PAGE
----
Electrochemical Desorption of Proteins from Gold Electrode Surface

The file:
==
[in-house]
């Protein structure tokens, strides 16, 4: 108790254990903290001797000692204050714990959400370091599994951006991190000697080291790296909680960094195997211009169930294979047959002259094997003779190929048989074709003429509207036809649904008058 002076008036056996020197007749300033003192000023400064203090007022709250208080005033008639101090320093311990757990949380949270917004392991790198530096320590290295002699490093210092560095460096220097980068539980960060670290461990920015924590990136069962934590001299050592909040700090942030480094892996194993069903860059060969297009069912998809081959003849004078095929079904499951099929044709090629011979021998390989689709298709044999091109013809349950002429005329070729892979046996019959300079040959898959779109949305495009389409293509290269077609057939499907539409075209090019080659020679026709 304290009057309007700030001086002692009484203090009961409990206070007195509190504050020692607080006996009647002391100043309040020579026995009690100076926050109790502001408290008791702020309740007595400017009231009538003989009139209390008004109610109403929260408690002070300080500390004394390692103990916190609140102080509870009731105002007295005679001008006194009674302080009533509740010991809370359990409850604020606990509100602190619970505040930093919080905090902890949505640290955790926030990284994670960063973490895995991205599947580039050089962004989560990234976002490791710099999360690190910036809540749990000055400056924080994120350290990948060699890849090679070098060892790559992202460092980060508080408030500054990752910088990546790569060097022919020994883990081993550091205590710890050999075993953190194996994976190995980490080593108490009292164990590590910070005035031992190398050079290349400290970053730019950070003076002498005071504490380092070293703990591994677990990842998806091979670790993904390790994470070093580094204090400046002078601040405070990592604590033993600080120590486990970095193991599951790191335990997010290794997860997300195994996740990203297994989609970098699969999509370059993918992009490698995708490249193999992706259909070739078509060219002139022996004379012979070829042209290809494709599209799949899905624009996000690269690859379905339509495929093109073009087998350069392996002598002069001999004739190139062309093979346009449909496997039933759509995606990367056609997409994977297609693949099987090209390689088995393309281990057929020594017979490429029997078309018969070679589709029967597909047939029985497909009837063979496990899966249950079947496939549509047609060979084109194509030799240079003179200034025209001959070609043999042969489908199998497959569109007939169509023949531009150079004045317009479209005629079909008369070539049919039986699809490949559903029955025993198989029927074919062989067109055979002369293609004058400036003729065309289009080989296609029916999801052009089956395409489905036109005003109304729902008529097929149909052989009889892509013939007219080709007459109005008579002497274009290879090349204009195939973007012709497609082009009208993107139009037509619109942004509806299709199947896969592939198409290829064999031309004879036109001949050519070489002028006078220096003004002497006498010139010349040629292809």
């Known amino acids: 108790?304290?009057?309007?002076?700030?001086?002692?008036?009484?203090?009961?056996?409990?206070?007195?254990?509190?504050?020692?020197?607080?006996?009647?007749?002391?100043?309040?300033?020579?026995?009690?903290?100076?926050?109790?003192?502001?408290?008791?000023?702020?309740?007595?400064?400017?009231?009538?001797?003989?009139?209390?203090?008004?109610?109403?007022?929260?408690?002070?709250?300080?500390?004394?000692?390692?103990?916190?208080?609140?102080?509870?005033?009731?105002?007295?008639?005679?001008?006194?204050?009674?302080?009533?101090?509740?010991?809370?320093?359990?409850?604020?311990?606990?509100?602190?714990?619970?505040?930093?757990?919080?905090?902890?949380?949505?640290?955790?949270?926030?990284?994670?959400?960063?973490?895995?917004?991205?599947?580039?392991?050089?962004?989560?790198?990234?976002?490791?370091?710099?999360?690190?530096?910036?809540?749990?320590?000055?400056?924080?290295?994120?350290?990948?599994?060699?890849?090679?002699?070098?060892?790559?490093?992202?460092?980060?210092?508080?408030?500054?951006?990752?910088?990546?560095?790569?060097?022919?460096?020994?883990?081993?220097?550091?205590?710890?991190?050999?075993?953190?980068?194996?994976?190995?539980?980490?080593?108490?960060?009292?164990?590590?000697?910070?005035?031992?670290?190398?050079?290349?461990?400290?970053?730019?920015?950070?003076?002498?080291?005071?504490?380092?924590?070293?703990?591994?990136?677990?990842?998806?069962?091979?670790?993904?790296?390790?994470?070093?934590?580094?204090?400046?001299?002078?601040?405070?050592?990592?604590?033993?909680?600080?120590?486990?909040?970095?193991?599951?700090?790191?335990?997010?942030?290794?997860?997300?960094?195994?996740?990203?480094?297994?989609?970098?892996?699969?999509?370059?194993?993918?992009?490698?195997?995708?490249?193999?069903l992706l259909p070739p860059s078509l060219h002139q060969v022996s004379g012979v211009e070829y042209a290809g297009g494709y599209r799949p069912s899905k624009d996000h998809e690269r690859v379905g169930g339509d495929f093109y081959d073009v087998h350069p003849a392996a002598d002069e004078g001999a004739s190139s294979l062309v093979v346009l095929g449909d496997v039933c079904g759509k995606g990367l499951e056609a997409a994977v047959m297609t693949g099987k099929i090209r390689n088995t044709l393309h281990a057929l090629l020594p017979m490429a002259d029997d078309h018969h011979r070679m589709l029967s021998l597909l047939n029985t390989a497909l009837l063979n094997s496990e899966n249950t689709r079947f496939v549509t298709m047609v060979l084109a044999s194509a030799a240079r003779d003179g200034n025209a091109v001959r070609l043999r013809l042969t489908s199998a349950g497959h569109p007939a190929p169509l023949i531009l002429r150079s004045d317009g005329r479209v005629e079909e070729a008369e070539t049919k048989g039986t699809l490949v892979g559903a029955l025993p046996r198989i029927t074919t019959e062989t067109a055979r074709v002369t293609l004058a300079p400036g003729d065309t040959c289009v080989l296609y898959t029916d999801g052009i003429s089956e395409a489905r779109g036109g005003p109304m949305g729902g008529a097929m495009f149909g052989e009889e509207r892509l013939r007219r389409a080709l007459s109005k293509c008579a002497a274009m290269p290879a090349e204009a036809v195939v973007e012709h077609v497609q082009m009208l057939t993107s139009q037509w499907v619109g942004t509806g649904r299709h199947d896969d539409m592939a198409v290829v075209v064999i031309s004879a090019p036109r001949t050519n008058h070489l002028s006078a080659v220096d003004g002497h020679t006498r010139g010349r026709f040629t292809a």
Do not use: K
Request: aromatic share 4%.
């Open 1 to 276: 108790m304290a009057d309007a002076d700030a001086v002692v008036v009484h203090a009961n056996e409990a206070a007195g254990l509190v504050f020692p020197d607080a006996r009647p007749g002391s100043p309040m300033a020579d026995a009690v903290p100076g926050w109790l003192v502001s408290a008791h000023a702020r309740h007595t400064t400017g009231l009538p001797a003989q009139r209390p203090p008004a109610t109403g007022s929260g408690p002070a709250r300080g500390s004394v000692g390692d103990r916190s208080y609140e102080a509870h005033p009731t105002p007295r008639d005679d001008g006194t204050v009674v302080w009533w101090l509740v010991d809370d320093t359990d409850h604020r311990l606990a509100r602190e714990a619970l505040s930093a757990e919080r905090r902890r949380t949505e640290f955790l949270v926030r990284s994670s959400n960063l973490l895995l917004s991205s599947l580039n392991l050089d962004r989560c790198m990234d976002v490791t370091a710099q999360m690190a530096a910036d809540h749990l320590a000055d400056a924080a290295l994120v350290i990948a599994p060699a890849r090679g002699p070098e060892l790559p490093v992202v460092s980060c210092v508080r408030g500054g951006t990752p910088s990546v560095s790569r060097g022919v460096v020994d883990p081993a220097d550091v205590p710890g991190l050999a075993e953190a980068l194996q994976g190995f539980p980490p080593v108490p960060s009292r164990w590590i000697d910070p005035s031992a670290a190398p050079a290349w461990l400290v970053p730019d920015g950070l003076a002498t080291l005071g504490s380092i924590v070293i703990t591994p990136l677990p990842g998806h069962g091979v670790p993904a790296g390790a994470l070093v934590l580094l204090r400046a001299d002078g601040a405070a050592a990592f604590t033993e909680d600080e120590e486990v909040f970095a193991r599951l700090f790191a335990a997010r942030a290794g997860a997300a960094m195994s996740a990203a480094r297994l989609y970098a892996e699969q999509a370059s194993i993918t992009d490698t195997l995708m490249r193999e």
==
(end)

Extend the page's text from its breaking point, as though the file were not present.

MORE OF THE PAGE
The goal of this study was to enable rational modulation of biological interfaces using electrochemical desorption of surface-bound proteins. Coupled, surface plasmon resonance (SPR) – electrochemistry instrument was used to monitor molecular assembly events on gold electrodes and to correlate these events with changes in electrochemical properties of the substrate. Model proteins, bovine serum albumin (BSA) and immunoglobulin G (IgG), were conjugated via carbodiimide (EDC) chemistry to a layer of mercaptoundecanoic acid (MUA) assembled on SPR sensor surface. Deposition of alkanethiols and proteins were monitored by ellipsometry and SPR techniques, and was further confirmed by cyclic voltammetry with potassium ferricyanide serving as a reporter molecule. The surface-bound proteins were completely removed by applying a reductive potential of −1200 mV vs. Pt electrode in a physiological saline buffer. Importantly, the sequence of protein immobilization followed by desorption could be repeated multiple times, thus demonstrating ability to modulate interfacial properties. Controlled removal of protein molecules from electrode surfaces is envisioned to have important applications in affinity or cell-based biosensing, cellular micropatterning and cell sorting.